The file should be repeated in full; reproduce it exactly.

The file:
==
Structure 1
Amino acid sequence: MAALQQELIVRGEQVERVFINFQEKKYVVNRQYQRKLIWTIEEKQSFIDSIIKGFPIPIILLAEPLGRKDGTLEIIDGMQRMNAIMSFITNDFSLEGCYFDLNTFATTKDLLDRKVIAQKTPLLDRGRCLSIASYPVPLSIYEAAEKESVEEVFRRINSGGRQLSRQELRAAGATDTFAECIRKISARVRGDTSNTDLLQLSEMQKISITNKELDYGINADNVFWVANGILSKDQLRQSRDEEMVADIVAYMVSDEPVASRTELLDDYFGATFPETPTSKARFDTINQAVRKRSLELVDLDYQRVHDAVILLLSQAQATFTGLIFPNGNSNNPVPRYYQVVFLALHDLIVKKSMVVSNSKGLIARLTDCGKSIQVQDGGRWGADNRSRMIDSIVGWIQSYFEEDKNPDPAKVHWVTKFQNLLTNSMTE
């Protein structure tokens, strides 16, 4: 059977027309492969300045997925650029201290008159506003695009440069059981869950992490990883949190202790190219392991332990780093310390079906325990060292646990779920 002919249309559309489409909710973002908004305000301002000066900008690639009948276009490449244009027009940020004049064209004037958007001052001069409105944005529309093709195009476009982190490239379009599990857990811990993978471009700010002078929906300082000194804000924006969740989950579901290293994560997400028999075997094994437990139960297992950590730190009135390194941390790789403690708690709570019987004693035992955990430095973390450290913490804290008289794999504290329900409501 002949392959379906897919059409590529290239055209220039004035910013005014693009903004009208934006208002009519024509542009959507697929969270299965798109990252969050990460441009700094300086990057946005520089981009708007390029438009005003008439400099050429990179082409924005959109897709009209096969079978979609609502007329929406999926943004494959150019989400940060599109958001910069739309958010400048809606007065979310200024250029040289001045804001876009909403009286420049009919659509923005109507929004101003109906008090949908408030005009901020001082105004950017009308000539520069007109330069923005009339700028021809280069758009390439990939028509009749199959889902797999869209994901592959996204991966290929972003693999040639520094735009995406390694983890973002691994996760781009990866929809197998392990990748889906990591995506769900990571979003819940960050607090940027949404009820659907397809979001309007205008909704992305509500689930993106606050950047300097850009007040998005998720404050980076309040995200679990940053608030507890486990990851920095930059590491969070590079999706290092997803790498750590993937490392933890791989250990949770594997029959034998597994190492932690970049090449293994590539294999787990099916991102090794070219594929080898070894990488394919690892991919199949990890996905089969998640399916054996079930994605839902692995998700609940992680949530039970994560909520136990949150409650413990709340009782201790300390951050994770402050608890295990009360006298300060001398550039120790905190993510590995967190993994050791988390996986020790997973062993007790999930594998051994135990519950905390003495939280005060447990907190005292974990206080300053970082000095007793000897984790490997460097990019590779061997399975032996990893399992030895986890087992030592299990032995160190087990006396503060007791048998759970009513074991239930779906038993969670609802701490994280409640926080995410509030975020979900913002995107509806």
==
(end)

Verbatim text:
Structure 1
Amino acid sequence: MAALQQELIVRGEQVERVFINFQEKKYVVNRQYQRKLIWTIEEKQSFIDSIIKGFPIPIILLAEPLGRKDGTLEIIDGMQRMNAIMSFITNDFSLEGCYFDLNTFATTKDLLDRKVIAQKTPLLDRGRCLSIASYPVPLSIYEAAEKESVEEVFRRINSGGRQLSRQELRAAGATDTFAECIRKISARVRGDTSNTDLLQLSEMQKISITNKELDYGINADNVFWVANGILSKDQLRQSRDEEMVADIVAYMVSDEPVASRTELLDDYFGATFPETPTSKARFDTINQAVRKRSLELVDLDYQRVHDAVILLLSQAQATFTGLIFPNGNSNNPVPRYYQVVFLALHDLIVKKSMVVSNSKGLIARLTDCGKSIQVQDGGRWGADNRSRMIDSIVGWIQSYFEEDKNPDPAKVHWVTKFQNLLTNSMTE
């Protein structure tokens, strides 16, 4: 059977027309492969300045997925650029201290008159506003695009440069059981869950992490990883949190202790190219392991332990780093310390079906325990060292646990779920 002919249309559309489409909710973002908004305000301002000066900008690639009948276009490449244009027009940020004049064209004037958007001052001069409105944005529309093709195009476009982190490239379009599990857990811990993978471009700010002078929906300082000194804000924006969740989950579901290293994560997400028999075997094994437990139960297992950590730190009135390194941390790789403690708690709570019987004693035992955990430095973390450290913490804290008289794999504290329900409501 002949392959379906897919059409590529290239055209220039004035910013005014693009903004009208934006208002009519024509542009959507697929969270299965798109990252969050990460441009700094300086990057946005520089981009708007390029438009005003008439400099050429990179082409924005959109897709009209096969079978979609609502007329929406999926943004494959150019989400940060599109958001910069739309958010400048809606007065979310200024250029040289001045804001876009909403009286420049009919659509923005109507929004101003109906008090949908408030005009901020001082105004950017009308000539520069007109330069923005009339700028021809280069758009390439990939028509009749199959889902797999869209994901592959996204991966290929972003693999040639520094735009995406390694983890973002691994996760781009990866929809197998392990990748889906990591995506769900990571979003819940960050607090940027949404009820659907397809979001309007205008909704992305509500689930993106606050950047300097850009007040998005998720404050980076309040995200679990940053608030507890486990990851920095930059590491969070590079999706290092997803790498750590993937490392933890791989250990949770594997029959034998597994190492932690970049090449293994590539294999787990099916991102090794070219594929080898070894990488394919690892991919199949990890996905089969998640399916054996079930994605839902692995998700609940992680949530039970994560909520136990949150409650413990709340009782201790300390951050994770402050608890295990009360006298300060001398550039120790905190993510590995967190993994050791988390996986020790997973062993007790999930594998051994135990519950905390003495939280005060447990907190005292974990206080300053970082000095007793000897984790490997460097990019590779061997399975032996990893399992030895986890087992030592299990032995160190087990006396503060007791048998759970009513074991239930779906038993969670609802701490994280409640926080995410509030975020979900913002995107509806």